Another study compared one group that trained to failure with two groups that did not, The group that trained to failure-and included forced repetitions and negatives-produced seriously inferior strength and power tests. What's more, several studies have indicated overtraining due to the subjects' training to failure, with time frames ranging from two to seven weeks. Noted track coach Charlie Francis reported the same result. "If all components of training are increasing," he said, "then an injury is predictable in seven weeks."

Advanced strength and power athletes show signs of overtraining within three to four weeks of beginning a training to-failure program. Injuries resulting from overtraining may include muscle strains, tendinitis, tendon tears, muscle tears, generalized musculoskeletal aches and pains and localized and generalized fatigue. Blood pressure is also the highest when a trainee reaches failure during a set. This may not be a problem for someone who has a healthy cardiovascular system, but someone who has high blood pressure may have a serious problem from this momentary but significant increase.

Training to failure makes it difficult, if not impossible, to follow a predictable, planned program, and the lack of a plan in anything makes progress difficult. There are hundreds of thousands of trainees in gyms, basements and garages across the country who wing it with their training and then wonder why they aren't gaining the way they want or why they're at a sticking point or are even losing ground. On the other hand, we've all talked with people in the gym who were very frustrated due to lack of gains and then took a week off and returned to the gym stronger than they were before the layoff. This gets right back to the idea of overtraining and the negative physiological and psychological effects it has.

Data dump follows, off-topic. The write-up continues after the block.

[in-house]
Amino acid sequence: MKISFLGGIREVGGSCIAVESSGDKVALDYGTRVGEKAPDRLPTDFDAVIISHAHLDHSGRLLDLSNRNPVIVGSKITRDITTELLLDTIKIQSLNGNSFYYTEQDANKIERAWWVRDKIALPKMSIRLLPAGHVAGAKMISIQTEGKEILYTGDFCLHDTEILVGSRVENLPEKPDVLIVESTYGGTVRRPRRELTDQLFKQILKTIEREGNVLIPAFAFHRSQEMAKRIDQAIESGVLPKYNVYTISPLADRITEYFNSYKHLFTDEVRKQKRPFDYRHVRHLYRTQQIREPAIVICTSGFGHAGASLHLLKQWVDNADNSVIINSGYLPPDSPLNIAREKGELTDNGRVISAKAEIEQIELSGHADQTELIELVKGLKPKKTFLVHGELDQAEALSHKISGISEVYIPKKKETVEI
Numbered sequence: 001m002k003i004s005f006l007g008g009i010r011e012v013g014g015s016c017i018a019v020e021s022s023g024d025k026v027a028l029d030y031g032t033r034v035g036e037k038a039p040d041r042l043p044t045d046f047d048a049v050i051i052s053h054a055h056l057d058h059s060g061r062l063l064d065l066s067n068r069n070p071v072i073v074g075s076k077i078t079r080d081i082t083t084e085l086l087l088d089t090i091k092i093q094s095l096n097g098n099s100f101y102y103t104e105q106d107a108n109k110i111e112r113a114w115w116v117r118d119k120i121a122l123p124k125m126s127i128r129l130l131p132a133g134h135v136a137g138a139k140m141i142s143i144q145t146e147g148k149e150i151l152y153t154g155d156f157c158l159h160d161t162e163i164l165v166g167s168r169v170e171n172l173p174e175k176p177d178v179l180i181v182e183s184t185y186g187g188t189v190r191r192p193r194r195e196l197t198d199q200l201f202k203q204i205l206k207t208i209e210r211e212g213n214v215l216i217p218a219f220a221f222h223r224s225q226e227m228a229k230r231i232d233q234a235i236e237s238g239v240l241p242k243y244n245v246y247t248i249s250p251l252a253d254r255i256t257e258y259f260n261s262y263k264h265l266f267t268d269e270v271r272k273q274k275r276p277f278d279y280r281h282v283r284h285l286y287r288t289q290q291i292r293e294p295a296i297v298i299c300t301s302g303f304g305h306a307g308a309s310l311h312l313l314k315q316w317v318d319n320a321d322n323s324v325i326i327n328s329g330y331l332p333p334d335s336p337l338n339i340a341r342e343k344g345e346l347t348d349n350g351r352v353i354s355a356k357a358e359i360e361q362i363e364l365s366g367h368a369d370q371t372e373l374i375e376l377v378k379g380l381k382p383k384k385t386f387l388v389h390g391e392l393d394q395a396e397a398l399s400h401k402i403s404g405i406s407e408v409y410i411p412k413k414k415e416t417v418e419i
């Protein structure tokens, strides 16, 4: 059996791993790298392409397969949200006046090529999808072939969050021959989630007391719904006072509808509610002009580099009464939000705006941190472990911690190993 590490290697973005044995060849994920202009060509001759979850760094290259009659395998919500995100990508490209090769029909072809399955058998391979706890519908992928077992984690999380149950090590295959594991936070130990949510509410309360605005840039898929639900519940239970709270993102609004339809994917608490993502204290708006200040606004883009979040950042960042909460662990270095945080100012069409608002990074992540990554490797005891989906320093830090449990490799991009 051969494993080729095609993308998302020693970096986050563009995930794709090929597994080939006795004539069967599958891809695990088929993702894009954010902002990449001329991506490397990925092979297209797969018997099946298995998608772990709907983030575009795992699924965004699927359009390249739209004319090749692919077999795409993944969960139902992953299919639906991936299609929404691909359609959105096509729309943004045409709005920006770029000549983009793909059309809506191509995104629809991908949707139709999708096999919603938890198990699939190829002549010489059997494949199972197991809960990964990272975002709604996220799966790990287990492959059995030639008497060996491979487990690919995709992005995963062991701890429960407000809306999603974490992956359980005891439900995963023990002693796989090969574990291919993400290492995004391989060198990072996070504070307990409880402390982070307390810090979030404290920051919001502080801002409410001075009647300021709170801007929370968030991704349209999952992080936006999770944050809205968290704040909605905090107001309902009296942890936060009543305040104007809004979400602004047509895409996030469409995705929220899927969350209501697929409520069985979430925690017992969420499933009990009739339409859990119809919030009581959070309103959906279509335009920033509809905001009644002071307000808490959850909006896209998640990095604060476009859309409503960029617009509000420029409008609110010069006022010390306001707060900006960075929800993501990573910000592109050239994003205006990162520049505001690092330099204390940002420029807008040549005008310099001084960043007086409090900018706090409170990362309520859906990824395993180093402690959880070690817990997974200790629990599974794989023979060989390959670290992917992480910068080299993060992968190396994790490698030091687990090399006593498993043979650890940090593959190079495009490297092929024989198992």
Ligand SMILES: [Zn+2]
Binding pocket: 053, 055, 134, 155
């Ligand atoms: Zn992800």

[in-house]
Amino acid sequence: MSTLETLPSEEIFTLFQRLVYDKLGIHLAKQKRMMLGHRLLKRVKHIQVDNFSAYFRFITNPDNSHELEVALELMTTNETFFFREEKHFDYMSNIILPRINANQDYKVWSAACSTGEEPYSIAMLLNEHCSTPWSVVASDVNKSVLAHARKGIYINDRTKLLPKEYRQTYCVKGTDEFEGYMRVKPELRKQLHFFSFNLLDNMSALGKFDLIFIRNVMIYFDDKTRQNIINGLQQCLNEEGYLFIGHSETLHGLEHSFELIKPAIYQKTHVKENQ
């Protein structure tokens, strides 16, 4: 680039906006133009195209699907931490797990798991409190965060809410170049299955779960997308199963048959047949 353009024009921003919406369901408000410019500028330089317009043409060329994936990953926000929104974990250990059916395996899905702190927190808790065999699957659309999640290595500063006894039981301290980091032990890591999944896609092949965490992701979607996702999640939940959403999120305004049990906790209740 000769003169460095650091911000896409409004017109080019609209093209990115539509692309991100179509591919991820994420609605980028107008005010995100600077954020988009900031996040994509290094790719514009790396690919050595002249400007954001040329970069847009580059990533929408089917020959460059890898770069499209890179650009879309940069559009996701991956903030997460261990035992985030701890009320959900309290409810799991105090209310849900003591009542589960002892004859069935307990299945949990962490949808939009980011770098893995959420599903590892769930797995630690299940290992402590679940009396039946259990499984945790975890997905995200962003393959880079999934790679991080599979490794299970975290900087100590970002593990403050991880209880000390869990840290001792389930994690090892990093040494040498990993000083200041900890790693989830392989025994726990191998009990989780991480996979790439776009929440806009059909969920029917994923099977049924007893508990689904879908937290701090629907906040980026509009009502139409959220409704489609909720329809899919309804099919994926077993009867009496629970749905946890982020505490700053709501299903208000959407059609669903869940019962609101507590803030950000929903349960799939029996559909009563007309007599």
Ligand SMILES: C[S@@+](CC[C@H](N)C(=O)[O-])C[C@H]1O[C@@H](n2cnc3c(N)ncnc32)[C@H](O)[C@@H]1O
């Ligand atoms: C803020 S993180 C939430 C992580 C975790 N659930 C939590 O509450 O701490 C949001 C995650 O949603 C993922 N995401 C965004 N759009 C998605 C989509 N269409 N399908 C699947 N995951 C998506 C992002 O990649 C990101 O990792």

Recovery from training is as important as training itself. You cannot apply the next training load and expect the planned gains if you haven't adequately recovered from the last workout. That's why other sports that rely heavily on weight training use a planned approach. I have discussed the concept of periodization and overtraining on many occasions (September '89, September '90, April '92, May '92, April '94) as well as the psychology of injury (December '92).

Training to failure is certainly not an option for beginners or for those who are coming back to training after a long layoff. A body that hasn't trained for months or years isn't an option of training to failure or performing forced reps or negatives without significant and perhaps severe consequences.

The best way to use training to failure in your program-if you must include it-is to do it for a period of no more than four weeks, giving yourself sufficient time to recover from the overtraining. If you're currently making good gains, don't start training to failure, even if you read an article by some champion who advocates it. You may not have the same ability or the same opportunity for recovery that he does.

Training to failure may sound flashy and appealing when you read about it, but it can slow your gains or cause an injury that will stop your training altogether.